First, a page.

Blalock finding right way to tag lefties
Slugger in midst of homer streak; trying to end season strong
OAKLAND -- The Rangers are facing a six-game run of left-handed starting pitchers, and it seems to have done wonders for Hank Blalock. He's found his power stroke again.Blalock entered Saturday having hit a home run in three straight games, matching the longest streak of his career. All three home runs have come off left-handers, and manager Ron Washington said that's not surprising. Blalock has a tendency to try to pull a pitch too hard, Washington said. That causes him to pull off a pitch rather staying on it all the way into the zone. Washington also said facing left-handed pitchers makes Blalock concentrate more on staying in the zone. "We never doubted Hank was a good hitter, but at least against these left-handers, he's thinking hitting up the middle," Washington said. "I always said he handles left-handers well, but now that we're facing six in a row, he's heating up." It's too late to salvage a difficult season, but if Blalock can finish strong, it just might reinforce the Rangers' impetus to pick up his $6.2 million option for next season and bring him back as their first baseman. That's probably the first big decision Texas faces as it goes into the offseason, and Blalock knows it. "I think about it," Blalock said. "The team has an option, of course I think about it. But I can't look at it and let it bother me. If they go in a direction that includes me, that's great. I love it here. If they go in another direction, then I'll find another place to play." Blalock entered Saturday's game hitting .265 with seven home runs and 23 RBIs in 204 at-bats. Over the past two years, he has been limited to just 412 at-bats over 109 games, and he is hitting .279 with 17 home runs and 56 RBIs over that period. Those aren't quite the numbers he put up in 2003-'04, when he was an All-Star third baseman. But a one-year, $6.2 million option is not an exorbitant salary for a player who is coming off injuries but has a track record of success. The Rangers signed Milton Bradley to a one-year, $5.25 million contract in the offseason, even though he was coming off major knee surgery. Picking up Blalock's option would also allow the Rangers to leave Chris Davis at third base, and it will give them a first baseman for at least one more season while Justin Smoak -- their top pick from the 2008 First-Year Player Draft -- continues his development in the Minor Leagues. "I never make projections for myself," Blalock said. "The last two seasons have shown that you never know what will happen in a season. But I feel like as far as next year, I'm still young and I'm a smarter player than I have been in the past. I feel I'm still I'm able to do the things that I've always been capable of doing. "It's a matter of staying on the field and playing." That's been the problem. Blalock had shoulder surgery in 2007 that sidelined him for over three months, and he's missed almost two-thirds of this season because of -- in order of appearance -- a torn left hamstring, right wrist surgery and inflammation in his shoulder. He also started the season as a third baseman and will finish it as a first baseman, although the position-switch plan was changed three different times. "This year has been tough," Blalock said. "So many different things have happened. But I look at it as a positive for the rest of my career. I've learned to play first base, and I feel good defensively. I've dealt with three different injuries, and I'm learning ways to keep me on the field for 160 games. I'm not looking at this year as a negative. It will make me a better player."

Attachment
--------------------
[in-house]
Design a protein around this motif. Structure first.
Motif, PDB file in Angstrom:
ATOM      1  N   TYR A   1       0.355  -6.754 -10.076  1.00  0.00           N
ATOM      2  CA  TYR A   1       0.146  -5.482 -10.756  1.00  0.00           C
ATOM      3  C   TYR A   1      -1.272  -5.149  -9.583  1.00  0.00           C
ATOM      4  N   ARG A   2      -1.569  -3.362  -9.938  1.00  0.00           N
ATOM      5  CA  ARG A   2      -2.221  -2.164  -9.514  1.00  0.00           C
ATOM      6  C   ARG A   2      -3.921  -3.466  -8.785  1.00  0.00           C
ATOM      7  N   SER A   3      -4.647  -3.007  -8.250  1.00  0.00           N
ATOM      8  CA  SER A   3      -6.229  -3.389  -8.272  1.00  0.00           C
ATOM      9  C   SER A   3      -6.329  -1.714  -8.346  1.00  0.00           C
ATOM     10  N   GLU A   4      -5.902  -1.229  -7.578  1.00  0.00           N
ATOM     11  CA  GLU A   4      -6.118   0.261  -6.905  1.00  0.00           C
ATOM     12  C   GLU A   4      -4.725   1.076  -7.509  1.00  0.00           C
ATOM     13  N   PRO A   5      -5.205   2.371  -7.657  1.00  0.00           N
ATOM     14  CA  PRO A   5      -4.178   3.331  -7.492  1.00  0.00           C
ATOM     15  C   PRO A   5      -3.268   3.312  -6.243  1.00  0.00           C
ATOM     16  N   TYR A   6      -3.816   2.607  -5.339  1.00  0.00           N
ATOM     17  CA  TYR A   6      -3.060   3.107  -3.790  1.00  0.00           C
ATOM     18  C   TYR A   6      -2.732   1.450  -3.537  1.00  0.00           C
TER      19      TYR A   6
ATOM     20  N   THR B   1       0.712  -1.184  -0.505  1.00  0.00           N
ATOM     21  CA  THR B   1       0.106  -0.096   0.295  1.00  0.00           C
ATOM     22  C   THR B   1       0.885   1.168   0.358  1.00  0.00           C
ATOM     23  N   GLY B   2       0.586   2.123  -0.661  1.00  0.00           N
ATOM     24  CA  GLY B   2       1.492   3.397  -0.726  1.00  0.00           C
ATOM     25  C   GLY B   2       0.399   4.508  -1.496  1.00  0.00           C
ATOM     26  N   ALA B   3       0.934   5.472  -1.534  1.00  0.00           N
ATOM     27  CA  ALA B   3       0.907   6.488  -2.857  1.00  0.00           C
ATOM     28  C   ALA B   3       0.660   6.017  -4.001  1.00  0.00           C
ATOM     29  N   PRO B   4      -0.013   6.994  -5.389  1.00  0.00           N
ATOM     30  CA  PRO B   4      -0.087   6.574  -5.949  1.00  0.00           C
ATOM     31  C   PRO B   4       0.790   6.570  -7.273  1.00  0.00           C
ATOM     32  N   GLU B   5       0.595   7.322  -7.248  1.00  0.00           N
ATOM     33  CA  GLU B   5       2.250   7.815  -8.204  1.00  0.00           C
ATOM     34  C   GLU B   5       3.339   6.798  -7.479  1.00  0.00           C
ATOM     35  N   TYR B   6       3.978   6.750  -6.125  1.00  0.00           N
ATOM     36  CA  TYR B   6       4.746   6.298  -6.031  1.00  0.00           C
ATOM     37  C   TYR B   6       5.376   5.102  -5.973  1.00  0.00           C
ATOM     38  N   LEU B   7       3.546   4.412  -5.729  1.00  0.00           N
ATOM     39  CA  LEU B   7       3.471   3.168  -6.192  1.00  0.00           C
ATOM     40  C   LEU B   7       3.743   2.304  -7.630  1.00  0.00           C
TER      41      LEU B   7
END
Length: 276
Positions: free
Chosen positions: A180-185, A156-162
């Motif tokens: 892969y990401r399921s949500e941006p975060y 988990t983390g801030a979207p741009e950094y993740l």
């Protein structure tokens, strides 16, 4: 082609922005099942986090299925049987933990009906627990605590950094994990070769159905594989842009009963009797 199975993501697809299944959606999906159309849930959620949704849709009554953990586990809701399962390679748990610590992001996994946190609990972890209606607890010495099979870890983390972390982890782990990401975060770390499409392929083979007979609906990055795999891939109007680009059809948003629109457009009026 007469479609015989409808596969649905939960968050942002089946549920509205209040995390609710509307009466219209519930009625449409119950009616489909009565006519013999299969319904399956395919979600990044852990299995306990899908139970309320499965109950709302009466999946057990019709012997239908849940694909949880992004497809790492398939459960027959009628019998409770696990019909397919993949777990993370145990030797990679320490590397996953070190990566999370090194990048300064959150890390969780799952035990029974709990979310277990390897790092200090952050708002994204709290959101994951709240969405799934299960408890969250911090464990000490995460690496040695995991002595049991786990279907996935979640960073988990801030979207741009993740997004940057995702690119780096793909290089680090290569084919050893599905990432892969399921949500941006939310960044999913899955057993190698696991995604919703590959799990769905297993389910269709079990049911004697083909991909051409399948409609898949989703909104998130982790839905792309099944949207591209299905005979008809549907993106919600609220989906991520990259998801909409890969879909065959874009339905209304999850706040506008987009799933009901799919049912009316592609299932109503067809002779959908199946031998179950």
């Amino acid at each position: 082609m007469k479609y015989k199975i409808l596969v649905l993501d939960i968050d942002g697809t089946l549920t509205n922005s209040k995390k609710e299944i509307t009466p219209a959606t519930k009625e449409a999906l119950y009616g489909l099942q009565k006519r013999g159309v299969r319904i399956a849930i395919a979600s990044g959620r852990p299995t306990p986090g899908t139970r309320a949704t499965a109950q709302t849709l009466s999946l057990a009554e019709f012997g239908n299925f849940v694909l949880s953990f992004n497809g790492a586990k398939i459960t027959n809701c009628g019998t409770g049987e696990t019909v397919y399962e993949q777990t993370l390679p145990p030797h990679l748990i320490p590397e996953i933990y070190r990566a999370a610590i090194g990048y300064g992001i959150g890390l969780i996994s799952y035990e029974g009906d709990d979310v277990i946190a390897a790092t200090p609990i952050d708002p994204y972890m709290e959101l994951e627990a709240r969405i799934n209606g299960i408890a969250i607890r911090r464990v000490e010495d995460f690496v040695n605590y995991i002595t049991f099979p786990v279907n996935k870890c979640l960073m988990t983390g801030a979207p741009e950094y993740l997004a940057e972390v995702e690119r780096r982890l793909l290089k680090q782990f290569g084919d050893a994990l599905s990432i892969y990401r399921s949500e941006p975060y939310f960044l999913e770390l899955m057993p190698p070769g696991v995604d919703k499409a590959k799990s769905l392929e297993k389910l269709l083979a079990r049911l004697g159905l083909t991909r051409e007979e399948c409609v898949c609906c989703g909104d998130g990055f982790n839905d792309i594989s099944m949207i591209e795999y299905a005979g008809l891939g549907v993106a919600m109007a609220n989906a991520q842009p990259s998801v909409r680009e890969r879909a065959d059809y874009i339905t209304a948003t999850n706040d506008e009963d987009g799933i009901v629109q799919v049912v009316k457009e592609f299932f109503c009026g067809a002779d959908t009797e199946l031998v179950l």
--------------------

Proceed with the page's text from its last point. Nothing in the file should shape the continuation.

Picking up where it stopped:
T.R. Sullivan is a reporter for MLB.com. This story was not subject to the approval of Major League Baseball or its clubs.